What is a Lipoma?
A fatty, slow-growing lump most commonly found between the skin and the muscle layer underlying it is known as a lipoma. The lipoma, which feels doughy and is usually not tender, moves easily with gentle finger pressure. Lipomas are typically found in the middle aged adults. Some people have more than one form of lipoma. A lipoma is not cancer and is usually harmless. Generally, treatment is not required, but you may want to remove it if the lipoma is bothering you, is painful, or is growing.
- What are the causes of Lipoma?
- How to diagnose a Lipoma?
- When is it required to see a doctor in case of a Lipoma?
- What are some symptoms of a Lipoma?
The causes of lipoma are not much known. They usually appear to run in families, so genetic factors likely play a role in their development. Several factors may increase your risk of lipoma development.
- While lipomas may occur at any age, lipomas are the most common in the age group between 40 and 60.
- Lipomas appear to develop in families due to genetic factors mostly.
Your doctor can do the following to diagnose lipoma:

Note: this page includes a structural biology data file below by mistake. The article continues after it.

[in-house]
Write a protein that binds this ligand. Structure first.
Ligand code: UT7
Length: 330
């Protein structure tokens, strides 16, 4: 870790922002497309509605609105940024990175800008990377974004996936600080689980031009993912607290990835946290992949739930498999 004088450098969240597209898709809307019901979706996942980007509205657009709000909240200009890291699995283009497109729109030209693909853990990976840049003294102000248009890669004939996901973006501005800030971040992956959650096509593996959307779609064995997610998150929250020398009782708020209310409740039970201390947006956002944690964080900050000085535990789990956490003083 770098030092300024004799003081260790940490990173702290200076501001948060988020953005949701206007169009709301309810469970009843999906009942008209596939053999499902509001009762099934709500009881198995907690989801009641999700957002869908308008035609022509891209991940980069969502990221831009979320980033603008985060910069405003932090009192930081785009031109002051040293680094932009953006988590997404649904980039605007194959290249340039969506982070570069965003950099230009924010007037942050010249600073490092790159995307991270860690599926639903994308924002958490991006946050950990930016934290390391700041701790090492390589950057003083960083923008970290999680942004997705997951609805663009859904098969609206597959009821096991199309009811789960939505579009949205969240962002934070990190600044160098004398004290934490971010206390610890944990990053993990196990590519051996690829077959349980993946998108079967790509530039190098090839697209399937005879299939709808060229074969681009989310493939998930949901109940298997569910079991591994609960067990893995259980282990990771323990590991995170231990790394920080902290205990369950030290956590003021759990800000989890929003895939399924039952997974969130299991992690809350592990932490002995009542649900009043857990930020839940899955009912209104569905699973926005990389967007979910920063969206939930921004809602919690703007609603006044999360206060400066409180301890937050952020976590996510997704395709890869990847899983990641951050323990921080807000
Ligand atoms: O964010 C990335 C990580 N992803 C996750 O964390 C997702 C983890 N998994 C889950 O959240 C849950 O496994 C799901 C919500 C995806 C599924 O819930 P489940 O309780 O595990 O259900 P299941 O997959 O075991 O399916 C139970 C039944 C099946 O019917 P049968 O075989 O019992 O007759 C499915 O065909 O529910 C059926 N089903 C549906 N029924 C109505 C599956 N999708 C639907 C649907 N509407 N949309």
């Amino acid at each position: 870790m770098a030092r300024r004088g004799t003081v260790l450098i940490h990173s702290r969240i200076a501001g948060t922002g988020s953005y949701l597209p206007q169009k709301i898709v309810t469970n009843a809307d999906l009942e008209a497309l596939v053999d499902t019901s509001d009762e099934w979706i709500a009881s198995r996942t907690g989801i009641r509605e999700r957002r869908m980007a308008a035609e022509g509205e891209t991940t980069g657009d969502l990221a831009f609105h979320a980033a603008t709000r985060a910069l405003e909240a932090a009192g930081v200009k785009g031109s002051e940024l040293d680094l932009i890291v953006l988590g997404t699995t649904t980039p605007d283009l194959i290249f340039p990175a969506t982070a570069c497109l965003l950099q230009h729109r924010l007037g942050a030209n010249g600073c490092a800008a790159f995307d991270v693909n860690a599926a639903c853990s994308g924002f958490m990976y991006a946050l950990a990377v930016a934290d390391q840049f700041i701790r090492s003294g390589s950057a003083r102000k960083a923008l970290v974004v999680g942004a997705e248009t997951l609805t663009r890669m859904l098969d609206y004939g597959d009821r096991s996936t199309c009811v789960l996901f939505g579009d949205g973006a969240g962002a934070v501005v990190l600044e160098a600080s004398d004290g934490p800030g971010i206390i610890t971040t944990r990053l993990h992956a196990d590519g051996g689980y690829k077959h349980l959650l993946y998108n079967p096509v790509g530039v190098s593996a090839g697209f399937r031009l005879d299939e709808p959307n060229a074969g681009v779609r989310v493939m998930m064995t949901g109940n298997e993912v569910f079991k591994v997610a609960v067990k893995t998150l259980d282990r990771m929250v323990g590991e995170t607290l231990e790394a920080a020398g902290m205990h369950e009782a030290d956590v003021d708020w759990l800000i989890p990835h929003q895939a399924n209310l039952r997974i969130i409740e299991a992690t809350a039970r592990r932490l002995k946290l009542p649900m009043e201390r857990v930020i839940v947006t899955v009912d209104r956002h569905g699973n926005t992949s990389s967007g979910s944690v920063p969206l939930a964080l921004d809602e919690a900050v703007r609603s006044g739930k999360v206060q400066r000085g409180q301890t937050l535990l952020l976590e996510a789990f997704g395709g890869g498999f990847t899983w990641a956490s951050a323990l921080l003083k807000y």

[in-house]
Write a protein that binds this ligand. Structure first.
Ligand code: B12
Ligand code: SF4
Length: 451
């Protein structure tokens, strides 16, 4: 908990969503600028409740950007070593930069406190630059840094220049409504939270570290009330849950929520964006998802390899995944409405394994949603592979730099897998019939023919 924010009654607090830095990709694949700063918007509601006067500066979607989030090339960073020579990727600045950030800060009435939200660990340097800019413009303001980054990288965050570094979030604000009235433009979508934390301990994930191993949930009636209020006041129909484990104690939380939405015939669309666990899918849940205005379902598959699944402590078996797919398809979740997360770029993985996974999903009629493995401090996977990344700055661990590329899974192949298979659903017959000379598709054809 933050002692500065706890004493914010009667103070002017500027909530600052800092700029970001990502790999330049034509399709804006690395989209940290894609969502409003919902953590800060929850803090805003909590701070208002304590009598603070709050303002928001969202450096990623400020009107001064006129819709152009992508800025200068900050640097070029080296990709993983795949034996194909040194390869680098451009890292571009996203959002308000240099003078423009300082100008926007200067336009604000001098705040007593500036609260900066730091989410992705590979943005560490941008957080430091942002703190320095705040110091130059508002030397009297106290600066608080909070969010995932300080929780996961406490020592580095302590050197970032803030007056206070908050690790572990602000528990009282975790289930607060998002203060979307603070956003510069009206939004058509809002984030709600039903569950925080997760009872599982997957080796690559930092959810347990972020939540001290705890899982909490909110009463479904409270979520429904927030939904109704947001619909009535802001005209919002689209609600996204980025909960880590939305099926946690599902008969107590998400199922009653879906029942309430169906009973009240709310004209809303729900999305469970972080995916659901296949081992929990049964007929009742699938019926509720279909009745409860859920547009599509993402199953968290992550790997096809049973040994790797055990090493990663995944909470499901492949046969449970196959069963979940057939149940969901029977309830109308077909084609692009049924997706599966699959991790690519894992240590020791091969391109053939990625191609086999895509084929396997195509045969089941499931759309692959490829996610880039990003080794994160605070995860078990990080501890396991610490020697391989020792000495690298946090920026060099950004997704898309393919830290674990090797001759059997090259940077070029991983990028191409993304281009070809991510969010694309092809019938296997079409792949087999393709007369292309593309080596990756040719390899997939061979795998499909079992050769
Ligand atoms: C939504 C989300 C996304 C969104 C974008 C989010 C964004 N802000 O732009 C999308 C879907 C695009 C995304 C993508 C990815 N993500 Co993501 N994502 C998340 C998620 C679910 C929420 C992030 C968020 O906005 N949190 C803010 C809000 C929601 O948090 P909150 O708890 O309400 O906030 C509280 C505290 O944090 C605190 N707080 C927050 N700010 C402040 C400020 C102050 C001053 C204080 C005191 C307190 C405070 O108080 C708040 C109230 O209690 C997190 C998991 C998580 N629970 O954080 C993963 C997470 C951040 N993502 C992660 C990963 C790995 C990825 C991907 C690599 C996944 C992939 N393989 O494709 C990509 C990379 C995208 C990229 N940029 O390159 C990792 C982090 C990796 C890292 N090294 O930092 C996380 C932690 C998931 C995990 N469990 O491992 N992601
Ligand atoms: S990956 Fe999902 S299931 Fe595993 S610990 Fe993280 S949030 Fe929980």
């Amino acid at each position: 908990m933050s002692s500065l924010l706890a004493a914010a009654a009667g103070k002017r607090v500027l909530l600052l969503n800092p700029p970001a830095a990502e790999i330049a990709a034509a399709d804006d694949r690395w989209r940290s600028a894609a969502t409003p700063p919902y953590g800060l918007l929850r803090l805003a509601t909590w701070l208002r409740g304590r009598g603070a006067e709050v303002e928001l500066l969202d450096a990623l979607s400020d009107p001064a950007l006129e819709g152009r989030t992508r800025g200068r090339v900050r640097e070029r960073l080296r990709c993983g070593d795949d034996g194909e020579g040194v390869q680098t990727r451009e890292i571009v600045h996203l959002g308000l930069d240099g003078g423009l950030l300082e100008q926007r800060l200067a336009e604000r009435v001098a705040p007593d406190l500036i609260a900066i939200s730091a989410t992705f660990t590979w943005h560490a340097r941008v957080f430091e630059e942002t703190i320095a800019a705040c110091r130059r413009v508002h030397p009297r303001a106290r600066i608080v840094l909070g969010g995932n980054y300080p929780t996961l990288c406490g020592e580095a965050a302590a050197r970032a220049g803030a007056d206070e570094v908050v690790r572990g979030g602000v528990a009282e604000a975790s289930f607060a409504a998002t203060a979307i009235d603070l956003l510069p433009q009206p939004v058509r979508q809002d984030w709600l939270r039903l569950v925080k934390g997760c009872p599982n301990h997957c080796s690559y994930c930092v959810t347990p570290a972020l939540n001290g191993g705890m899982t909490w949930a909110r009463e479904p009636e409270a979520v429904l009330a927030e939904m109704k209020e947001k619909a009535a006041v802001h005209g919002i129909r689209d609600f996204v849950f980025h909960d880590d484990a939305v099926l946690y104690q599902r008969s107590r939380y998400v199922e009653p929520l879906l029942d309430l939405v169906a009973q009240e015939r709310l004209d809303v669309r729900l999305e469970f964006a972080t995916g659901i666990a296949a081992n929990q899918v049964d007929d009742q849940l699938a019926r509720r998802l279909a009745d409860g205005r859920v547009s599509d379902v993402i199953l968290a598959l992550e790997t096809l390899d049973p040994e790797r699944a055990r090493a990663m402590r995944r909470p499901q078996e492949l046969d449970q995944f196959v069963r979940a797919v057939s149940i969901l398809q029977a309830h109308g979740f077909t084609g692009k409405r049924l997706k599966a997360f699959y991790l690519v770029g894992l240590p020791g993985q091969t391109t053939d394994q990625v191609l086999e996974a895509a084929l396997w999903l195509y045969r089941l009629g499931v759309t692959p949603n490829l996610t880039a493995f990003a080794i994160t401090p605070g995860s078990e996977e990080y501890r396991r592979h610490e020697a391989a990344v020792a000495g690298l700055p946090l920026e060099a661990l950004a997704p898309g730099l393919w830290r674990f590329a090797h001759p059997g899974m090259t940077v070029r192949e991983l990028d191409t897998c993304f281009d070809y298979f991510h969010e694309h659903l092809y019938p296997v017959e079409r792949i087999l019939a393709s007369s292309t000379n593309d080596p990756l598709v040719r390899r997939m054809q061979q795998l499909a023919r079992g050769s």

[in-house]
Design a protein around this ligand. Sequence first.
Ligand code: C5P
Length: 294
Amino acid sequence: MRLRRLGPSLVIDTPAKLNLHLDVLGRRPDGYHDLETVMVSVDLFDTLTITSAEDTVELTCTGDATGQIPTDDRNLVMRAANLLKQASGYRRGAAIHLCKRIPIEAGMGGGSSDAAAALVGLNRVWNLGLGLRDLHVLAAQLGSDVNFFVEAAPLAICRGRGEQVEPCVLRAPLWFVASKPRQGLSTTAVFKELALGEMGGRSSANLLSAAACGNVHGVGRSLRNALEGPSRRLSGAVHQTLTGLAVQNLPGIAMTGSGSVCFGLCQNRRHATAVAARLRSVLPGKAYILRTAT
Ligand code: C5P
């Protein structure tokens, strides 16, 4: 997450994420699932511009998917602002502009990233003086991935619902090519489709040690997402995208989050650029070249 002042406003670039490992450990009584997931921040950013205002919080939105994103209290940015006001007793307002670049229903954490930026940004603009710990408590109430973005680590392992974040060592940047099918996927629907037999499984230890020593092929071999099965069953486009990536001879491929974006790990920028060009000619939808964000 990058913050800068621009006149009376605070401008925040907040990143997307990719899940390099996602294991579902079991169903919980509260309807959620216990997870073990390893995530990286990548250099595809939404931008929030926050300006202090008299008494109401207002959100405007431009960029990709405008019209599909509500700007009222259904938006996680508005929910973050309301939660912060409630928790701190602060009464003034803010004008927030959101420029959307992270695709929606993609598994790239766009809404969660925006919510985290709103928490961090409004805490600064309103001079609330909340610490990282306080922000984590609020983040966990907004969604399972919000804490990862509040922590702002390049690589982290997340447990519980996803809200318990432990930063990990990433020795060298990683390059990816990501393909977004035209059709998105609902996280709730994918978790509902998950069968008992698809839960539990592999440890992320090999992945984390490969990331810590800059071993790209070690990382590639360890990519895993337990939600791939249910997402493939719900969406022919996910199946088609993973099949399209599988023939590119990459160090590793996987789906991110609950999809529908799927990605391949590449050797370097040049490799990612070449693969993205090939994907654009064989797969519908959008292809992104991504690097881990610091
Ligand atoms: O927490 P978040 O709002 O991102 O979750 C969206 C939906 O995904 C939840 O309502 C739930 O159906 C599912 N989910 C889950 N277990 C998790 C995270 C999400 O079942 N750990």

- A physical examination
- For lab analysis, a tissue sample removal(biopsy)
- If the lipoma is big, has unusual features, or appears to be deeper than the fatty one, an X-ray or other imaging examination, such as an MRI or CT scan can be done.
- There is a minimal risk that a lipoma-like lump may lead to cancer called liposarcoma. Liposarcomas are cancerous tumors in fatty tissues that develop quickly, do not pass under the skin, and are typically painful. Usually, a biopsy or MRI, or CT scan is performed if liposarcoma is suspected by your doctor.
A lipoma is rarely a severe medical disease. But if you find a lump or swelling in some part of your body, have your doctor check it out.
Some common symptoms of a lipoma include-
- They are generally found in the front, shoulders, back, stomach, arms, and thighs. They are positioned just below the skin.
- Soft to the touch and doughy. With mild finger pressure, they even move quickly.
- Usually, lipomas are less than 5 centimeters (2 inches) in diameter, but they can expand.
- If they develop and press on nearby nerves or if they contain many blood vessels, lipomas may be painful.